dropping down to the lake

dry boards

dry creek

swimming ledge

lakeside stroll

more lakeside stroll


climbing the Perpendicular Trail

most of the way up Mansell

From the ledge, we jogged up and over the top of Mansell Mountain and down to the Razorback Trail. At this point, we realized that it was really hot out, and we were both nearly out of water in our hydration packs even though we were only a few miles into the run. So we decided to abbreviate our run and head back to the car. Which was fine; we enjoyed ourselves and went for a nice cool-down swim in Somes Pond afterward.


Run 2: Ocean Drive at Dawn

On day 2 (Aug. 7), we got up before dawn (a miracle for me) and headed over to Ocean Drive to beat the heat and the crowds. We started our run from the empty parking lot at Fabri and did Ocean Drive in reverse to where the Shore Path starts on the southwest side of Otter Point. The sun rose over the ocean as we rounded Otter Point, and it was as majestic as we'd hoped. Up and over Otter Cliffs and then down and alongside Ocean Drive to Sand Beach, with a little side trip to Thunder Hole (which was doing nothing as the tide was all wrong at the time). One more climb and then a drop down to Sand Beach.











Sand Beach and The Beehive from Great Head


 
climbing The Beehive Trail


summit ledges of The Beehive

The Bowl, with Champlain Mountain behind it

Gorham Mtn. summit

flying down Gorham Mountain

On the far side of Sand Beach I anticipated needing to cross the brook, but it was all dried up due to the drought. We climbed up Great Head and navigated the very rocky trail around the perimeter. The footing was tough but the scenery is so worth it. The heat was intense, though. The temps were already in the 80s and the humidity was so high the air itself seemed to be sopping wet even though it was sunny out. It was barely an hour into the day and we were sweating buckets.

Jen had never climbed either The Precipice or The Beehive, so I made the call that she really needed to at least do one of them, just... because. So up The Beehive Trail we went. The initial climb from Ocean Drive was slightly longer and steeper than I'd remembered, but we worked our way up and then started up the side of the mountain proper.

Now, I'd hiked both The Precipice and The Beehive many times in my youth. Not once do I remember ever actually being scared or anxious. It was always just thrilling and cool. And in the case of The Beehive, I had it in my head as the easy younger sibling of The Precipice. Well. I don't know if I just got older, or if it was the combination of our sweat and the gallons of slippery sunscreen that we'd slathered on and that was making our hands so slippery, but dang. The Beehive was kind of freaky! A few of the iron rung sections, and definitely the iron bridges, seemed especially vertiginous and dangerous. But eventually we reached the top and I could tell that Jen had quickly transitioned from fear to enjoyment, and she was already plotting our return visit on a drier day.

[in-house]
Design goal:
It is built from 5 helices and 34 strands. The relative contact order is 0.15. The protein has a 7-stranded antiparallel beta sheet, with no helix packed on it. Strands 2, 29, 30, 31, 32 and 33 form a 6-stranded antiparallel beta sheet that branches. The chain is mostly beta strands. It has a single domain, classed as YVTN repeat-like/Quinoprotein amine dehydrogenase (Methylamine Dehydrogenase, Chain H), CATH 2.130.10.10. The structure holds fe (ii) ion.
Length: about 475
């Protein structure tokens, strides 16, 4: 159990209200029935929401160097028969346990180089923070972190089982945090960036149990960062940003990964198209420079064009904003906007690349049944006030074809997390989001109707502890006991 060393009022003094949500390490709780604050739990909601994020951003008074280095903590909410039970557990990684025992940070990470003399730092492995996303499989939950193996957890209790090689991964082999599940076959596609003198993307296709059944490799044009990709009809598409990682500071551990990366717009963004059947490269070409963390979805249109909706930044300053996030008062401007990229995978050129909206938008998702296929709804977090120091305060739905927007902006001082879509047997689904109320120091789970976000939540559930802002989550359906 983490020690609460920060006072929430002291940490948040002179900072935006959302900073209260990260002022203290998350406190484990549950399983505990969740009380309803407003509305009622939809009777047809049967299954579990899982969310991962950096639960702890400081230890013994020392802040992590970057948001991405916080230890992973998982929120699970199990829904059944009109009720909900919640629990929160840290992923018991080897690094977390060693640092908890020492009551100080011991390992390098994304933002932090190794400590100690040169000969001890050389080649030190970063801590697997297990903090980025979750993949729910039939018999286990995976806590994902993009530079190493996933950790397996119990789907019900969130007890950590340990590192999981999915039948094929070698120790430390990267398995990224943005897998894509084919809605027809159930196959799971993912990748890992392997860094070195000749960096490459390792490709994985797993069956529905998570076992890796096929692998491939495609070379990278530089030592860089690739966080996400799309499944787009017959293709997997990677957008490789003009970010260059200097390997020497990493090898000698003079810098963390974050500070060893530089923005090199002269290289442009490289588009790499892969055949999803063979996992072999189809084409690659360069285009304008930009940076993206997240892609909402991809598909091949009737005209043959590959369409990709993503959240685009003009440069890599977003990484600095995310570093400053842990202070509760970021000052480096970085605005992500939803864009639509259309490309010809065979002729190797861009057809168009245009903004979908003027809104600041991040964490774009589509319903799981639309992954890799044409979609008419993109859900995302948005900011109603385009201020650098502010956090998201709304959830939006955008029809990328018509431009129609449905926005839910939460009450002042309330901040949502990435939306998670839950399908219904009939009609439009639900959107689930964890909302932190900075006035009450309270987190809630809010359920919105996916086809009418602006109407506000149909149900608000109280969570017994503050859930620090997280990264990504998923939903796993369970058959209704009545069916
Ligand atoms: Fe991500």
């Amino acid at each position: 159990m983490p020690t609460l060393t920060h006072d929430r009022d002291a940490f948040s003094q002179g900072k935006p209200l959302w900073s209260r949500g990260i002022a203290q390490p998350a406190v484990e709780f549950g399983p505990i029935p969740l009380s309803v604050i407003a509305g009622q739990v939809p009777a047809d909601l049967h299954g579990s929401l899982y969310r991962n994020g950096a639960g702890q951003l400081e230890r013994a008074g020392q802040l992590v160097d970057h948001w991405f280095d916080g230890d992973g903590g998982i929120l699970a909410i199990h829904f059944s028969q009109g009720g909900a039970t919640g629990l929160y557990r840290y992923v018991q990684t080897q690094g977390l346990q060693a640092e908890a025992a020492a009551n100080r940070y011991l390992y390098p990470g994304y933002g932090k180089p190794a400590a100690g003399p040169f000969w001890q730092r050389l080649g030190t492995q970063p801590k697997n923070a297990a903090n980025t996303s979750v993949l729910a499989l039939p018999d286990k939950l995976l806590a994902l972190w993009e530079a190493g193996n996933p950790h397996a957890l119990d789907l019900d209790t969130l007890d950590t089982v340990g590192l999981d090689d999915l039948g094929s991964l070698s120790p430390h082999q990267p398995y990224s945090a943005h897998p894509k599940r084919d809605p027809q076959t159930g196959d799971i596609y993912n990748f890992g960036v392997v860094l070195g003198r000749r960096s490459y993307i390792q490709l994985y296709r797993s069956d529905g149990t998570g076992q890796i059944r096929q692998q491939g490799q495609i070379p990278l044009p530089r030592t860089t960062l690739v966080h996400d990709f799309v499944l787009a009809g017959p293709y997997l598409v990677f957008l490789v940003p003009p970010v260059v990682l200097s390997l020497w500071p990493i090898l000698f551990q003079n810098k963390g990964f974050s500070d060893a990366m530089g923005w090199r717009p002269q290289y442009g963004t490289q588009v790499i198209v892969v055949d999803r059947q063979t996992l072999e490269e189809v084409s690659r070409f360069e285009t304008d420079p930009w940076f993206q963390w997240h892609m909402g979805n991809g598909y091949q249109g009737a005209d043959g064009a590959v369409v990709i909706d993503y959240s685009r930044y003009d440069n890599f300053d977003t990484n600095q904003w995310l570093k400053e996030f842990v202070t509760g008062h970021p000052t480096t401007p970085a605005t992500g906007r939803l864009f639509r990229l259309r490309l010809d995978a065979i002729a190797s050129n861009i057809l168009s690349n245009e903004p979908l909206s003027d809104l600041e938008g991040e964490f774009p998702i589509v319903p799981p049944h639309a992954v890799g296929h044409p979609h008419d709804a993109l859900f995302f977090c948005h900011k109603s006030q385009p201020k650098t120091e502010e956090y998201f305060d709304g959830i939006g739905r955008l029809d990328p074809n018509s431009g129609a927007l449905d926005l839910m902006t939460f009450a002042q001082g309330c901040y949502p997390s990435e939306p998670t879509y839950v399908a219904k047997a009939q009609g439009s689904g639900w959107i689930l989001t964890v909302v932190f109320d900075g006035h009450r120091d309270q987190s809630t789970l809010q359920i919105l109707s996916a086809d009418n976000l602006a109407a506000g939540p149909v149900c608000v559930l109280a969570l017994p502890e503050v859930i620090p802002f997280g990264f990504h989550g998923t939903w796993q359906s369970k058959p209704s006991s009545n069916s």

On the other side of the summit, we took a quick dip in The Bowl to cool off. Then we made our way over to Gorham Mountain for the final climb and ridge descent of the day. On the other side, we took the new-to-me spur trail west over to the Fabri road (this trail serves as a connector to Blackwoods Campground and keeps hikers off the busy road; a very nice new addition to the trail network).


Run 3: Loop of Great Notch Trail and the Razorback Trail

On day 3 we split our running into two parts. Part 1 was a return to Western Mountain because I wanted Jen to see the southern part of the Razorback Trail (which we had originally planned to include as part of our route on day 1). So we did a little 2+ mile loop starting and ending at the small and relatively remote Gilley Field parking area. We slowly climbed up the south end of the Great Notch Trail, then climbed to the top of Razorback and enjoyed the hell out of the super-scenic descent along the semi-open ridge. The only not-good part is at the very bottom where the trail is basically just a bunch of loose small boulders and cobbles.









descending the Razorback Trail

Part 2 was a loop at Flying Mountain. It had been a long time since I'd been there, and it seemed like a nice short trip that fit well in our day. It was very hot again, so we didn't want to be out long anyway. So we slowly climbed up the south side, took some photos at the top, and dropped down to Valley Cove on the north side. The descent was quite fun. Normally I find the ocean super cold at MDI, but man it was really hot out, so we stripped to our shorts (and jog bra for Jen) and took a quick dip in Valley Cove. Which felt fantastic! I'm not sure I'd ever actually swam there before. After splashing about and watching hermit crabs for a while, we eventually returned via the fire road trail through the notch between Flying Mtn. and St. Sauveur.


summit of Flying Mountain


approaching Valley Cove




Valley Cove panorama

And then we had to leave. Jen got word that her Great Aunt was probably in her final days out on Cape Cod and we made the decision to abandon our vacation early the next morning. We made the right call, as she passed away only a few days later, and Jen was there for it with her sister, as it should have been.


On our way back to western Massachusetts, we stopped in at my friend Molly's ice cream place just off the island in Ellsworth, to say hello and treat ourselves to some terrific treats. And about an hour later we drove straight into what really looked like a tornado on the highway near Newport (it was just a shelf cloud in a really powerful weather front that was moving through).



a real pulse-quickener